Many changes, including bug fixes and documentation improvements can be implemented and reviewed via the normal GitHub pull request workflow.
Some changes though are "substantial", and we ask that these be put through a bit of a design process and produce a consensus among the Hathor community and the core developers.
The "RFC" (request for comments) process is intended to provide a consistent and controlled path for new features to enter the network and official libraries, so that all stakeholders can be confident about the direction Hathor is evolving in.
Table of Contents
- Table of Contents
- Summary of RFCs
- When you need to follow this process
- Before creating an RFC
- What the process is
- The RFC life-cycle
- Reviewing RFCs
- Implementing an RFC
- RFC Postponement
- Help this is all too informal!
Summary of RFCs
Finished RFCs (done, with a stable interface)
Accepted RFCs (accepted; may not be implemented yet)
|4||Creation of Tokens||Accepted||testnet-bravo|
|MR-5||Multi-signature Transaction Outputs||Accepted||testnet-bravo|
|15||The Anatomy of a Transaction||Accepted||-|
|27||Exchange Integration Guide||Draft||-|
|44||Best Practices for Integrations||Accepted||-|
Provisional RFCs (provisionally accepted; interface may still change)
|MR-13||Peer-to-Peer Protocol: Handshaking & Control Messages||Draft|
|MR-17||Peer-to-peer Protocol: Synchronization||Draft|
|MR-6||Merged Mining with Bitcoin||Draft|
Open RFCs (under consideration)
|MR-3||Nano Contracts: Oracles||Draft|
|25||Peer-to-peer Protocol: Sync v2||Draft||-|
When you need to follow this process
You need to follow this process if you intend to make "substantial" changes to the Hathor protocol, network or the RFC process itself. What constitutes a "substantial" change is evolving based on community norms and varies depending on what part of the ecosystem you are proposing to change, but may include the following.
- Any change that affects the transaction or block's serialization format.
- Changes to the validation of transactions and blocks.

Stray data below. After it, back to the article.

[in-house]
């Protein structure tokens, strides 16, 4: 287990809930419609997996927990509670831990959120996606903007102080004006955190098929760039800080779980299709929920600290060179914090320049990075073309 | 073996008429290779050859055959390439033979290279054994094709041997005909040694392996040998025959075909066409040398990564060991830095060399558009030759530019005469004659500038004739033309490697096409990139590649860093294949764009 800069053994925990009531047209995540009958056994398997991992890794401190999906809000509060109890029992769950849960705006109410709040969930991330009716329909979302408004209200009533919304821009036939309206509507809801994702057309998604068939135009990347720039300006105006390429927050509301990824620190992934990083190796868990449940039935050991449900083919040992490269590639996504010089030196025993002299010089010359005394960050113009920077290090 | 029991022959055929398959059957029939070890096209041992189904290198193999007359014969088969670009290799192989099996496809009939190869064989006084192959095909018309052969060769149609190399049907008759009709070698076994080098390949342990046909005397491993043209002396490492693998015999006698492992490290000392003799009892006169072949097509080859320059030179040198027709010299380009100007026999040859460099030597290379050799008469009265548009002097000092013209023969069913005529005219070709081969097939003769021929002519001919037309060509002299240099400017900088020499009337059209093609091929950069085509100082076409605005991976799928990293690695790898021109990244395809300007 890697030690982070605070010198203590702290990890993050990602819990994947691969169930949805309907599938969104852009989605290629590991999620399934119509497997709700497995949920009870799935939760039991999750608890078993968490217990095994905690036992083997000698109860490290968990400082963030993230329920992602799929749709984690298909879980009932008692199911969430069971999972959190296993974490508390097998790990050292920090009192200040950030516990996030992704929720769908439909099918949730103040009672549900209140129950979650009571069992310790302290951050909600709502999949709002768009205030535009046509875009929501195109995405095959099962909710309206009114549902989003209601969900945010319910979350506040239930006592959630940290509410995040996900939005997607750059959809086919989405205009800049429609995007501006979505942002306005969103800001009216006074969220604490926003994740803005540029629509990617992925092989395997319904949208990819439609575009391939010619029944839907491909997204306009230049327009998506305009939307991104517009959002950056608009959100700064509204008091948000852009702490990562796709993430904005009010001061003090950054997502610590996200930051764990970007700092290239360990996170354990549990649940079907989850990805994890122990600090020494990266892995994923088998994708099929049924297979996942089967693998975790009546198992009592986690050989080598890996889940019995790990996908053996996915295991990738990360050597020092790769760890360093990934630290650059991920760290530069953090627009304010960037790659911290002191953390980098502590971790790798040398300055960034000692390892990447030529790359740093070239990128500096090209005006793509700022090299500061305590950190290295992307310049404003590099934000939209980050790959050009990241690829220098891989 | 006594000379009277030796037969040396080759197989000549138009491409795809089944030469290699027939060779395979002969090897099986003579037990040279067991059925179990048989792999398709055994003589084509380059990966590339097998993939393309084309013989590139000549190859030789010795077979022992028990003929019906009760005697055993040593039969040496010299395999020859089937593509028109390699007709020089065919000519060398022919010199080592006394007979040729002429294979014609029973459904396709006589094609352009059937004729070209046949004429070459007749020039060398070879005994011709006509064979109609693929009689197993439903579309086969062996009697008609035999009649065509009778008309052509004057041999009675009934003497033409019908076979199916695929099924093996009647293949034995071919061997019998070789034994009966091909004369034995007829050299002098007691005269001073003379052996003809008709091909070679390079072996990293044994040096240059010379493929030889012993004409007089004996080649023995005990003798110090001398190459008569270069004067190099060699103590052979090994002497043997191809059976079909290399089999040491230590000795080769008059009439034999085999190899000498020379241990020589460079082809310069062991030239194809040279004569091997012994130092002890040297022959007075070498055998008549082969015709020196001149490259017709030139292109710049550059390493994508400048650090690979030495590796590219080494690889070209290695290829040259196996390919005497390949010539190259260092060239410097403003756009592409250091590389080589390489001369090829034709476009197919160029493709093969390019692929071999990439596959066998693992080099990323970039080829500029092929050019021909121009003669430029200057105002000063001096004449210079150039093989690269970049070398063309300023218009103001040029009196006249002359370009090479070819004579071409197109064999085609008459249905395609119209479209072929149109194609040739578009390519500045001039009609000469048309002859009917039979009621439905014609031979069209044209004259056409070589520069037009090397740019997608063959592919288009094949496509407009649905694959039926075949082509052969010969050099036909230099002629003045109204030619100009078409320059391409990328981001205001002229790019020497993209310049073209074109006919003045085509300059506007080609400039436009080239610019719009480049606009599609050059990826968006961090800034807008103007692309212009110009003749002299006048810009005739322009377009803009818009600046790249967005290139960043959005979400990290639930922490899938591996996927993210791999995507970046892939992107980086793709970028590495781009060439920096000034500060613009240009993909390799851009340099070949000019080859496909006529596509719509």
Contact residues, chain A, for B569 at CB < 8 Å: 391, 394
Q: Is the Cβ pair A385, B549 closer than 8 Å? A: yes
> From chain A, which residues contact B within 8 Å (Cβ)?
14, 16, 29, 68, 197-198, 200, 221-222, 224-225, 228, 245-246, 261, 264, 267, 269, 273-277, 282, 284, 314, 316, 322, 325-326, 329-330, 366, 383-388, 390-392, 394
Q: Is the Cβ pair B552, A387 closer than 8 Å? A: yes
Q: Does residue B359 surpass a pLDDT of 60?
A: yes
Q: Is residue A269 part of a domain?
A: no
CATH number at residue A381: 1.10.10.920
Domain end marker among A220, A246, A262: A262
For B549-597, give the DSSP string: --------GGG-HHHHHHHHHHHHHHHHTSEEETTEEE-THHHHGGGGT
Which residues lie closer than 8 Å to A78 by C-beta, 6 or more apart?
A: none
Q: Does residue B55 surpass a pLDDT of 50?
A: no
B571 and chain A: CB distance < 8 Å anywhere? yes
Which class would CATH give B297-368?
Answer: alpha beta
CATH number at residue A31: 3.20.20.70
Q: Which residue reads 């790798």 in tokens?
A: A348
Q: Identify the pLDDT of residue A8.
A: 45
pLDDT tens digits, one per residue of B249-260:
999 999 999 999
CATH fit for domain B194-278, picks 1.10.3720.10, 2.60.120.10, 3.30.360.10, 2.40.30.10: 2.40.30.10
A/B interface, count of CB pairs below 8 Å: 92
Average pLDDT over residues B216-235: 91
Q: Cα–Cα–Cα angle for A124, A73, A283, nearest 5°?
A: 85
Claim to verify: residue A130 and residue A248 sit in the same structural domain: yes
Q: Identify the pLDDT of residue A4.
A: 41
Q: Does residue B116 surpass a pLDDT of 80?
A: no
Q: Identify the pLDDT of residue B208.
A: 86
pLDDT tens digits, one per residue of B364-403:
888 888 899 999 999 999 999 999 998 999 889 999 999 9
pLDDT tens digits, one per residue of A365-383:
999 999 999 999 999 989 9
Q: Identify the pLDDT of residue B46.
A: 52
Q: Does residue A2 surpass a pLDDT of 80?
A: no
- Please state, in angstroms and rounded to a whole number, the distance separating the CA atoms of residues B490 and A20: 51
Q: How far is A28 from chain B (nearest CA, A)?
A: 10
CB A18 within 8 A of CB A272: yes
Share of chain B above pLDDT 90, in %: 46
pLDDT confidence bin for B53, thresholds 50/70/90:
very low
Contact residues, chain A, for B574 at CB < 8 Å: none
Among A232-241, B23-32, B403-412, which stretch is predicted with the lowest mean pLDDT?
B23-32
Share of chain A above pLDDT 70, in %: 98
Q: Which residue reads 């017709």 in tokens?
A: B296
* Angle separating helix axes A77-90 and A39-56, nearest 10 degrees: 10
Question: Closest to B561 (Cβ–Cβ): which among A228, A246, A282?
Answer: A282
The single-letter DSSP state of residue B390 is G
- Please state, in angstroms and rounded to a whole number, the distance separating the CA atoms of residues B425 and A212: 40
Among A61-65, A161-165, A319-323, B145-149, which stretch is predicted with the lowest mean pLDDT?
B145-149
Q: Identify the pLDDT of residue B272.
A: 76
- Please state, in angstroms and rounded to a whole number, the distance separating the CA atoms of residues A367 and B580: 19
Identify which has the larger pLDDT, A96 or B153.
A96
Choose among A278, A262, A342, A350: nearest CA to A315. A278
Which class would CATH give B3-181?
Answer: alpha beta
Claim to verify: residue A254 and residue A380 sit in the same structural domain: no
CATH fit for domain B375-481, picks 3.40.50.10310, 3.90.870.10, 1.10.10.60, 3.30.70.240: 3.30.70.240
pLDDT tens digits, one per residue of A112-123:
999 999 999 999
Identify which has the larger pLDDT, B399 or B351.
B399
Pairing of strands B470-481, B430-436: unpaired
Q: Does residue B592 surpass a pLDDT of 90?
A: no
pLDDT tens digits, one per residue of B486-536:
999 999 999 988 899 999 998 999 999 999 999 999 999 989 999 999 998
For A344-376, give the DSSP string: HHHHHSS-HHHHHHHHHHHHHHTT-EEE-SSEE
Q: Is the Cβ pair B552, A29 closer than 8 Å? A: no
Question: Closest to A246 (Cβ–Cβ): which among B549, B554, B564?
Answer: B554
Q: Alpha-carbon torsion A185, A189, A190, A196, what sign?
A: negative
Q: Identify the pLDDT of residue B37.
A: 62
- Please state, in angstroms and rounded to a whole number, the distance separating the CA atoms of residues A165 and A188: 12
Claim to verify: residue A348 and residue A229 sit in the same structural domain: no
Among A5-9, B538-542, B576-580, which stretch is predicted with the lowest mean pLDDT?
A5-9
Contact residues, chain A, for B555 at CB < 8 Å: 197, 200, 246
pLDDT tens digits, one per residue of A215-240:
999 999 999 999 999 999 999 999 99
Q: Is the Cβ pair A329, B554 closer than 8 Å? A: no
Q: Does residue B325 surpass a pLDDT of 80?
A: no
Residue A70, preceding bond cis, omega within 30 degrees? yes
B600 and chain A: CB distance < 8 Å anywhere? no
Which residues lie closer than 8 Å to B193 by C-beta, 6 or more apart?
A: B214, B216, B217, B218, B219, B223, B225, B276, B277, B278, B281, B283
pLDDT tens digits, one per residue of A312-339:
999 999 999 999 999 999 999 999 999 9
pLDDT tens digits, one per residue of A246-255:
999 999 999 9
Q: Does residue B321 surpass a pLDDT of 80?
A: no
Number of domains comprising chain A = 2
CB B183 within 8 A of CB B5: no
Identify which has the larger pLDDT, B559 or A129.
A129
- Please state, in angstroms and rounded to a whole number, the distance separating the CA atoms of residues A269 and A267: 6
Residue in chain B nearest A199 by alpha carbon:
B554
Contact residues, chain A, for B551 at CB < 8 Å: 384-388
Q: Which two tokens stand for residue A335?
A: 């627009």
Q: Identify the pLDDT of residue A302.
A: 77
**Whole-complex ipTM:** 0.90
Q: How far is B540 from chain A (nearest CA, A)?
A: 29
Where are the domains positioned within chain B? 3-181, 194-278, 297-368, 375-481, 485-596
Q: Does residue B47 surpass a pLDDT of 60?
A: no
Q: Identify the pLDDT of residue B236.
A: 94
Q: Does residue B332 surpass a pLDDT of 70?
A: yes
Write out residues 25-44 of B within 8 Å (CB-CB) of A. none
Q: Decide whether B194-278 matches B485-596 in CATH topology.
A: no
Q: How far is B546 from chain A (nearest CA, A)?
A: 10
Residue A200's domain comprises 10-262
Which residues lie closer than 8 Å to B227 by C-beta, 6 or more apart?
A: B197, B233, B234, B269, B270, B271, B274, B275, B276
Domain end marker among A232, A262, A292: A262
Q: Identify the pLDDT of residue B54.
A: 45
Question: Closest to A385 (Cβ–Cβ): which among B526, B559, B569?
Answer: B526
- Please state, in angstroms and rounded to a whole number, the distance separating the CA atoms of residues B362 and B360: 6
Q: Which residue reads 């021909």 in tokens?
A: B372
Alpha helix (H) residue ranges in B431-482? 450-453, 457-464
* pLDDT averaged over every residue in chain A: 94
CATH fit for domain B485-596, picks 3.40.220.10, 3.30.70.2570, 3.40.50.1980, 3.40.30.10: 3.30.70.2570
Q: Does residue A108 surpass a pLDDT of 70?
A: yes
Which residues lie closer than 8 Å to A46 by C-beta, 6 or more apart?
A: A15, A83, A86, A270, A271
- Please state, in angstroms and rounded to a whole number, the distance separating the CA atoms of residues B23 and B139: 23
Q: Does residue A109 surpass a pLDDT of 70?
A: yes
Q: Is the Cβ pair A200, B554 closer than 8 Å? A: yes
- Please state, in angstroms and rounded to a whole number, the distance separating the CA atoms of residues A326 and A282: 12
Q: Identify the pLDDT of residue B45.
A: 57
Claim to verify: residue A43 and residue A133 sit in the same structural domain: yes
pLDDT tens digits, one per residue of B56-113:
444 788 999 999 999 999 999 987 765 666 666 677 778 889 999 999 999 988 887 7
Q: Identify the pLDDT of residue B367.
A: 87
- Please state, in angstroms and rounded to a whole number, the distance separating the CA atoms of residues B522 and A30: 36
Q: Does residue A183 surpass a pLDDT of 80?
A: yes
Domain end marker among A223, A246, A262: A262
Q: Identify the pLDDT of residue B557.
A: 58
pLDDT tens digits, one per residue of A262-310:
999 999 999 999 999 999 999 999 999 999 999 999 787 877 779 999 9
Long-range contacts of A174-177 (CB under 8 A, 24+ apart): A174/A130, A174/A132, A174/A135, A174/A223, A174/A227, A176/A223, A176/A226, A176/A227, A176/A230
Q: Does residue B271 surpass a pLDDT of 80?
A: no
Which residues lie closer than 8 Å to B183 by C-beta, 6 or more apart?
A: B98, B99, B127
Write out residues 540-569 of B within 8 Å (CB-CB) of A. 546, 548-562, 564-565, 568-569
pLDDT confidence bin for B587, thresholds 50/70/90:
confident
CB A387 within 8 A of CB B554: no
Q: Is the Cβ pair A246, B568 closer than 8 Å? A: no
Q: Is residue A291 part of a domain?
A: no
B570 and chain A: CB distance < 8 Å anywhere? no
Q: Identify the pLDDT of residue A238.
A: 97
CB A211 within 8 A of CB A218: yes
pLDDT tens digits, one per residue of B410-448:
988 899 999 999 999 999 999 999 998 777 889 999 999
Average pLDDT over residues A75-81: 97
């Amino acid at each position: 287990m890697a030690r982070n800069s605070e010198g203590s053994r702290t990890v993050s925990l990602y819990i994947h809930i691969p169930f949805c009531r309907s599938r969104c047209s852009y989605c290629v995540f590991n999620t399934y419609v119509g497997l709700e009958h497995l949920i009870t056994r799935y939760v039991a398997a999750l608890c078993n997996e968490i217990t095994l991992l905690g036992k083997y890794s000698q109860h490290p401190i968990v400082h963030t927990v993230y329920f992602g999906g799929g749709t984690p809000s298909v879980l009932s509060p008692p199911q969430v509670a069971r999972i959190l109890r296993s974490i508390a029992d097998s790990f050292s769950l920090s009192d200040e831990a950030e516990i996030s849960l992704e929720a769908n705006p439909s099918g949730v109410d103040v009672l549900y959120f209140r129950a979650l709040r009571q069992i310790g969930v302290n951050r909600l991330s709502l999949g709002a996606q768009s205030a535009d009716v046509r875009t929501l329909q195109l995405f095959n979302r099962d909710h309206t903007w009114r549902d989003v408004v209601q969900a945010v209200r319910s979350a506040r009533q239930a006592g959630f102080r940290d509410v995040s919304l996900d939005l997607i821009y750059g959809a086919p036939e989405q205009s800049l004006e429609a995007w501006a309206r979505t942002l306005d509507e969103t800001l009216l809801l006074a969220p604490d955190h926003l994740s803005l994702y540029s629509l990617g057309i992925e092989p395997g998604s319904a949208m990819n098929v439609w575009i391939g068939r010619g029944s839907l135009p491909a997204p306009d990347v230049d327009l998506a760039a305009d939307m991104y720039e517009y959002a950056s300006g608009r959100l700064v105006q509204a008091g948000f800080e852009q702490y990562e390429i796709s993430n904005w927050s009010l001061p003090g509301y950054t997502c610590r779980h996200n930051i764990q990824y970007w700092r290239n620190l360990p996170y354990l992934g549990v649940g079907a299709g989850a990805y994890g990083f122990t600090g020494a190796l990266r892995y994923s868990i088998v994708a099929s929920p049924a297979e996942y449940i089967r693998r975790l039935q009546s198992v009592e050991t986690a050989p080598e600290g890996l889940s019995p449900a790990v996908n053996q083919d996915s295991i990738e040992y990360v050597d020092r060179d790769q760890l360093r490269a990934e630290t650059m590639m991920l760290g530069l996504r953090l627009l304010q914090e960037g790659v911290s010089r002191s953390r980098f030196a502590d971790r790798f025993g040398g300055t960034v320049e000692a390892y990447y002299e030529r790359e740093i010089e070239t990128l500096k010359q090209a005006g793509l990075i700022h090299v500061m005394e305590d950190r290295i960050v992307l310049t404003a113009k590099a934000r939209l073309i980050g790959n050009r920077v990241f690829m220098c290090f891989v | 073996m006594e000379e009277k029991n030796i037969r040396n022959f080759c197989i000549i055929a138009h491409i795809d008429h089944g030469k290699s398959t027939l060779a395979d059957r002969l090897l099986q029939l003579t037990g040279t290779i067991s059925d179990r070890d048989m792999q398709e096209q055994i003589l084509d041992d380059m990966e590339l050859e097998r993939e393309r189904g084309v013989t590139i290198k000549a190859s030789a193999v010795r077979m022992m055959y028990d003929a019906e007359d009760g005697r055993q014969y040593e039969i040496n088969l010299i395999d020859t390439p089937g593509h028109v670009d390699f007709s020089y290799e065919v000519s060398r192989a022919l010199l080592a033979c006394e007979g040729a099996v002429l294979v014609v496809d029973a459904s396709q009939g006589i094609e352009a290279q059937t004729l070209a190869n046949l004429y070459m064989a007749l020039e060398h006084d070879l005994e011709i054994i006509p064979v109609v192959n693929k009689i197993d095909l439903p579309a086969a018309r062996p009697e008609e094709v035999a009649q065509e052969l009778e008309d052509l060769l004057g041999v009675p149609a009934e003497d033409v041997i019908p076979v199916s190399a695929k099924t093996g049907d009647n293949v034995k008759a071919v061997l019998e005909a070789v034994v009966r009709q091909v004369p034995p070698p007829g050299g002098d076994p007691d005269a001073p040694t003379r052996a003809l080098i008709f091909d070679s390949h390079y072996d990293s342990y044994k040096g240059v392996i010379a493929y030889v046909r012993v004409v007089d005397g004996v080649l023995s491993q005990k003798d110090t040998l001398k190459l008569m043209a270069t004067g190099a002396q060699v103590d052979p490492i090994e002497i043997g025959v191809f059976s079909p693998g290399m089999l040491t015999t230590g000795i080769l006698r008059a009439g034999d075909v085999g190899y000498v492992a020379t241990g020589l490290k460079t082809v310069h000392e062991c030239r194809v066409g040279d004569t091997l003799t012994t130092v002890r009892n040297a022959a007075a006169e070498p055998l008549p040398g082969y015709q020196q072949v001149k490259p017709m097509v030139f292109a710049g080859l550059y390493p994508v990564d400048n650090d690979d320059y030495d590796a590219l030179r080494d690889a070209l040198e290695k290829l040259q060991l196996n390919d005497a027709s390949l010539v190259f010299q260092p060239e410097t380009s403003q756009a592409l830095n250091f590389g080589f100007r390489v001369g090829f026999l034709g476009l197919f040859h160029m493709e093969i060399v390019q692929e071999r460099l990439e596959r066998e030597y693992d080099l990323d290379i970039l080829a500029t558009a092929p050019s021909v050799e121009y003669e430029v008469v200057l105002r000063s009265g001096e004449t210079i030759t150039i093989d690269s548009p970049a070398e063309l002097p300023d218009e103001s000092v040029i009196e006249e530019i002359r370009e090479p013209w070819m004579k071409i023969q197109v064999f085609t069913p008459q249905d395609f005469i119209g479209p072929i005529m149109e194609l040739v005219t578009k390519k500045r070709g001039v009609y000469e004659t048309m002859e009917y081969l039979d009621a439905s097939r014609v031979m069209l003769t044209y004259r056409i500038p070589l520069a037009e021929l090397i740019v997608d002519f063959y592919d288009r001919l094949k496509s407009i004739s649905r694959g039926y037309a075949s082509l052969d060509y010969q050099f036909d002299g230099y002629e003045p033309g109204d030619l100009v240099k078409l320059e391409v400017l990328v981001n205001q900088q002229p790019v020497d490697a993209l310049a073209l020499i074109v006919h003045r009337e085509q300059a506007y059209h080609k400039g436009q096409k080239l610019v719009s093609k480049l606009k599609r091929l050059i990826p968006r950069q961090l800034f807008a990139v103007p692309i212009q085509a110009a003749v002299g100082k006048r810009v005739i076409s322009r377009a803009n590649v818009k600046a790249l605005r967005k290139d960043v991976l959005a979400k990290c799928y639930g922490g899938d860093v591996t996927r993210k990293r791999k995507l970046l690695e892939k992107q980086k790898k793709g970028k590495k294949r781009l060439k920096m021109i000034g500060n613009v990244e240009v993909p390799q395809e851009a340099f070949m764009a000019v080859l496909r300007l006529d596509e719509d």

- Changes to the opcodes of the script language.
- Changes that affects the consensus of the network, i.e., which transactions are voided and which are executed.
- In general any feature that requires a soft or hard fork.
Some changes do not require an RFC:
- Rephrasing, reorganizing, refactoring, or otherwise "changing shape does not change meaning".
- Additions that strictly improve objective, numerical quality criteria (warning removal, speedup, better platform coverage, more parallelism, trap more errors, etc.)
- Additions only likely to be noticed by other developers-of-hathor, invisible to users-of-hathor.
If you submit a pull request to implement a new feature without going through the RFC process, it may be closed with a polite request to submit an RFC first.
Before creating an RFC
A hastily-proposed RFC can hurt its chances of acceptance. Low quality proposals, proposals for previously-rejected features, or those that don't fit into the near-term roadmap, may be quickly rejected, which can be demotivating for the unprepared contributor. Laying some groundwork ahead of the RFC can make the process smoother.
Although there is no single way to prepare for submitting an RFC, it is generally a good idea to pursue feedback from other project developers beforehand, to ascertain that the RFC may be desirable; having a consistent impact on the project requires concerted effort toward consensus-building.
The most common preparations for writing and submitting an RFC include talking the idea over on our Discord, Telegram, or WhatsApp groups, and occasionally posting "pre-RFCs" on the developer forum. You may file issues on this repo for discussion, but these are not actively looked at by core team.
As a rule of thumb, receiving encouraging feedback from long-standing project developers, and particularly members of the core team is a good indication that the RFC is worth pursuing.
What the process is